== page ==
• Chemical and physical parameters must be testing once a year for surface water, and once every two years for groundwater.

  • Water suppliers must meet the Canadian Guidelines standards for 30 chemical and physical parameters.

  • Operator certification is required.

  • Test results must be reported to provincial officials, and the boil-water procedure has been codified.


  • There is no lab certification policy (although one is being drafted); however, testing must be conducted at a lab acceptable to government.

  • No mandatory testing for the majority of standards in the Canadian Guidelines.

Nunavut C

Note: Nunavut uses N.W.T. regulation. See above.

Ontario: Pre-revision D

Ontario: Post-revision (effective 2002) B

Comment: After a hard lesson, showing improvement.



  • Testing labs must be certified.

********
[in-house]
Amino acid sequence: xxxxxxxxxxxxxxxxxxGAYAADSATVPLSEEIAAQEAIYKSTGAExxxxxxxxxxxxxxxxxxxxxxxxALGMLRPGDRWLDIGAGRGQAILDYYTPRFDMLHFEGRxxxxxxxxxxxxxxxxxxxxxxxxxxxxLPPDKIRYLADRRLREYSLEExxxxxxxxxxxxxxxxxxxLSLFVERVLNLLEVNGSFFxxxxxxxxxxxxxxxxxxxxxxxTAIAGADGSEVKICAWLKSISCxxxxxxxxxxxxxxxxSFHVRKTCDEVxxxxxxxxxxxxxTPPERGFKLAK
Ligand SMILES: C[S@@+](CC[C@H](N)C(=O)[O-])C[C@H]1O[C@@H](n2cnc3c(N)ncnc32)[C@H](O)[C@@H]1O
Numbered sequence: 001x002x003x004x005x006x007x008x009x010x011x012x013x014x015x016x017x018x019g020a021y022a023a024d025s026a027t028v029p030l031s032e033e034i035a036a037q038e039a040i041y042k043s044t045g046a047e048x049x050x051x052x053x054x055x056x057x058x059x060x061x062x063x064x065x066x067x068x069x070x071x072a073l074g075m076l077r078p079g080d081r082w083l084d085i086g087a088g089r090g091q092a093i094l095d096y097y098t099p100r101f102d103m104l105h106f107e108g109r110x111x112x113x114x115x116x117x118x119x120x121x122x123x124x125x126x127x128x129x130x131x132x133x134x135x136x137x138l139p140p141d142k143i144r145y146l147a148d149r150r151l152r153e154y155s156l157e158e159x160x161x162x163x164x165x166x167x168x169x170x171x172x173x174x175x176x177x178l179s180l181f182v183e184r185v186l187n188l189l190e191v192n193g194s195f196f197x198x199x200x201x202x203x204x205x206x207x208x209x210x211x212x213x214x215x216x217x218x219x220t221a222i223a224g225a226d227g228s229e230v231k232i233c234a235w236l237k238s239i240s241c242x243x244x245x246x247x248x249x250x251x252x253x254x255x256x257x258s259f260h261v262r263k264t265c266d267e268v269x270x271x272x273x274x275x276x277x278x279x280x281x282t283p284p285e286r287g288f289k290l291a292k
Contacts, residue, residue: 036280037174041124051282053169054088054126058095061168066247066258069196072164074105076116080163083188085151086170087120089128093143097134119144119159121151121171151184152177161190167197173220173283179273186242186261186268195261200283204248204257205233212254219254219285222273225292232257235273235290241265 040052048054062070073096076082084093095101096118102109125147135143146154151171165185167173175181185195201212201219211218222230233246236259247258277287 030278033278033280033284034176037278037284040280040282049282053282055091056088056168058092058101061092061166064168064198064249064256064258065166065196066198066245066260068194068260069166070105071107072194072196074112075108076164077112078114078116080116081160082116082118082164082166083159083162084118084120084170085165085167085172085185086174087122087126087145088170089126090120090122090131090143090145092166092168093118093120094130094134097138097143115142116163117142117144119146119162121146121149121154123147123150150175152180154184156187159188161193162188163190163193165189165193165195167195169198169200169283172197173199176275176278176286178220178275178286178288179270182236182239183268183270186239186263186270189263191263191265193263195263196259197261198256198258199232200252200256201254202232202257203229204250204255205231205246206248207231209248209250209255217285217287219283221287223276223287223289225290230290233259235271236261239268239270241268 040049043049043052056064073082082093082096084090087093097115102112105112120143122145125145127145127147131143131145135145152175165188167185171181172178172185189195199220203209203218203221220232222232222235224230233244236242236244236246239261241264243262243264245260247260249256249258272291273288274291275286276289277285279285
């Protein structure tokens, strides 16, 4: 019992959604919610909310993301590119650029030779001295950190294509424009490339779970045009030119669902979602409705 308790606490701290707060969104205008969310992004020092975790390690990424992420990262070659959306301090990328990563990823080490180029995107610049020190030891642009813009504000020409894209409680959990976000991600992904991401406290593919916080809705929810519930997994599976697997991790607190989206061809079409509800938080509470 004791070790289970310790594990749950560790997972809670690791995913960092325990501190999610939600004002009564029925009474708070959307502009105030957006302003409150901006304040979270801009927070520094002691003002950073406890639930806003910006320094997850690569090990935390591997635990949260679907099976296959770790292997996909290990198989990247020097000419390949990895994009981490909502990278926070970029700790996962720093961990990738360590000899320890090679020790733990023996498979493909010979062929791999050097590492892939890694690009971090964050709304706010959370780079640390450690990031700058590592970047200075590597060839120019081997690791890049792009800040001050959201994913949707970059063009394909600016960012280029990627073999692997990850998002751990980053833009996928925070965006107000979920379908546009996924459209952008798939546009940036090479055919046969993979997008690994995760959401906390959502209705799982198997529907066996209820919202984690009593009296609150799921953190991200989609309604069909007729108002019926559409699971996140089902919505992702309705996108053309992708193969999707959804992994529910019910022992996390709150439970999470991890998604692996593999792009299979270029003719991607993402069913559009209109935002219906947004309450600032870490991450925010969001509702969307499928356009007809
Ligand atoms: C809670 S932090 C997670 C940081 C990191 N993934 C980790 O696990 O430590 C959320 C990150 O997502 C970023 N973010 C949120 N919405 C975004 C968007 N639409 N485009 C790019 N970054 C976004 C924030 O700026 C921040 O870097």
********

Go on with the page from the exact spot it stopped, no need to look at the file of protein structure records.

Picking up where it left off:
• Operator certification and training is required.


  • Ontario water quality objectives are not binding or enforceable.

  • Mandatory water quality testing is not required.

  • There is no statutory provision for watershed or

    wellfield protection.



  • Testing labs must be certified.

  • Results must be routinely reported to environment ministry and in cases of suspected contamination.

  • Public notification of water quality problems is required.

  • Right-to-know provisions guarantee public access to water-quality reports.

  • Mandatory water treatment prescribed: groundwater must be chlorinated and surface water must be chlorinated and filtered.

  • Operator certification and training is required.

  • Extensive mandatory testing for micro-organisms, turbidity, residual chlorine, volatile organics, metals, pesticides and nitrates, among other elements.